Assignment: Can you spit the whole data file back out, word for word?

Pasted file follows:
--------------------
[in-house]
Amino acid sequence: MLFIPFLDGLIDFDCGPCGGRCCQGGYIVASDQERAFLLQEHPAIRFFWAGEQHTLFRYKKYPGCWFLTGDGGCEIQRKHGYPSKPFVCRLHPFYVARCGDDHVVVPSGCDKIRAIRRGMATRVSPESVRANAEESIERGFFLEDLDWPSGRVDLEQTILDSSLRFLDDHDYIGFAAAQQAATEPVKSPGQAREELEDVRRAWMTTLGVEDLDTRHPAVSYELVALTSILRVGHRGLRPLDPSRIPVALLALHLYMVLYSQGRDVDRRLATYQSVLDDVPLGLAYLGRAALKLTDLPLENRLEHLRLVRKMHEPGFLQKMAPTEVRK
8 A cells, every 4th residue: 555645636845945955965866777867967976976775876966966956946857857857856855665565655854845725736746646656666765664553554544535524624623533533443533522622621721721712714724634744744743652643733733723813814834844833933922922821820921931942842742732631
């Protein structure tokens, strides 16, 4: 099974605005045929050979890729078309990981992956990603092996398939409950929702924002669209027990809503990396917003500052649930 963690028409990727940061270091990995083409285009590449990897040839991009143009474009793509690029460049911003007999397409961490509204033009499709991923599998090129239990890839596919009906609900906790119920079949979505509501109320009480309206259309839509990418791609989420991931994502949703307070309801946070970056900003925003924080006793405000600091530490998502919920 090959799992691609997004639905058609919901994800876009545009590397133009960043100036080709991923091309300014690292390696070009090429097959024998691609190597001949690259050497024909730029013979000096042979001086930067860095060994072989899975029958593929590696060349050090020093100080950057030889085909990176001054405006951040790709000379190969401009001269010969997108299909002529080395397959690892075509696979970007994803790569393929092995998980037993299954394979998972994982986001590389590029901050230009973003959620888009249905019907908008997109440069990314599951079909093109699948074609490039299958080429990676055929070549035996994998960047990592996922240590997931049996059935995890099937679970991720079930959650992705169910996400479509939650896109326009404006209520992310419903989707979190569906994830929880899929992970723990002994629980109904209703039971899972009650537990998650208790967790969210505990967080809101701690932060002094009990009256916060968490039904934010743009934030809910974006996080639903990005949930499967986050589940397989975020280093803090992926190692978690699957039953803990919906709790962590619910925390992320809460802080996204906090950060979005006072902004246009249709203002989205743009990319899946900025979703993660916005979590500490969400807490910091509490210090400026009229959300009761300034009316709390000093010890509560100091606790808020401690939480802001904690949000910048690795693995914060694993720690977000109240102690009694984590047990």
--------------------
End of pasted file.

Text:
[in-house]
Amino acid sequence: MLFIPFLDGLIDFDCGPCGGRCCQGGYIVASDQERAFLLQEHPAIRFFWAGEQHTLFRYKKYPGCWFLTGDGGCEIQRKHGYPSKPFVCRLHPFYVARCGDDHVVVPSGCDKIRAIRRGMATRVSPESVRANAEESIERGFFLEDLDWPSGRVDLEQTILDSSLRFLDDHDYIGFAAAQQAATEPVKSPGQAREELEDVRRAWMTTLGVEDLDTRHPAVSYELVALTSILRVGHRGLRPLDPSRIPVALLALHLYMVLYSQGRDVDRRLATYQSVLDDVPLGLAYLGRAALKLTDLPLENRLEHLRLVRKMHEPGFLQKMAPTEVRK
8 A cells, every 4th residue: 555645636845945955965866777867967976976775876966966956946857857857856855665565655854845725736746646656666765664553554544535524624623533533443533522622621721721712714724634744744743652643733733723813814834844833933922922821820921931942842742732631
């Protein structure tokens, strides 16, 4: 099974605005045929050979890729078309990981992956990603092996398939409950929702924002669209027990809503990396917003500052649930 963690028409990727940061270091990995083409285009590449990897040839991009143009474009793509690029460049911003007999397409961490509204033009499709991923599998090129239990890839596919009906609900906790119920079949979505509501109320009480309206259309839509990418791609989420991931994502949703307070309801946070970056900003925003924080006793405000600091530490998502919920 090959799992691609997004639905058609919901994800876009545009590397133009960043100036080709991923091309300014690292390696070009090429097959024998691609190597001949690259050497024909730029013979000096042979001086930067860095060994072989899975029958593929590696060349050090020093100080950057030889085909990176001054405006951040790709000379190969401009001269010969997108299909002529080395397959690892075509696979970007994803790569393929092995998980037993299954394979998972994982986001590389590029901050230009973003959620888009249905019907908008997109440069990314599951079909093109699948074609490039299958080429990676055929070549035996994998960047990592996922240590997931049996059935995890099937679970991720079930959650992705169910996400479509939650896109326009404006209520992310419903989707979190569906994830929880899929992970723990002994629980109904209703039971899972009650537990998650208790967790969210505990967080809101701690932060002094009990009256916060968490039904934010743009934030809910974006996080639903990005949930499967986050589940397989975020280093803090992926190692978690699957039953803990919906709790962590619910925390992320809460802080996204906090950060979005006072902004246009249709203002989205743009990319899946900025979703993660916005979590500490969400807490910091509490210090400026009229959300009761300034009316709390000093010890509560100091606790808020401690939480802001904690949000910048690795693995914060694993720690977000109240102690009694984590047990």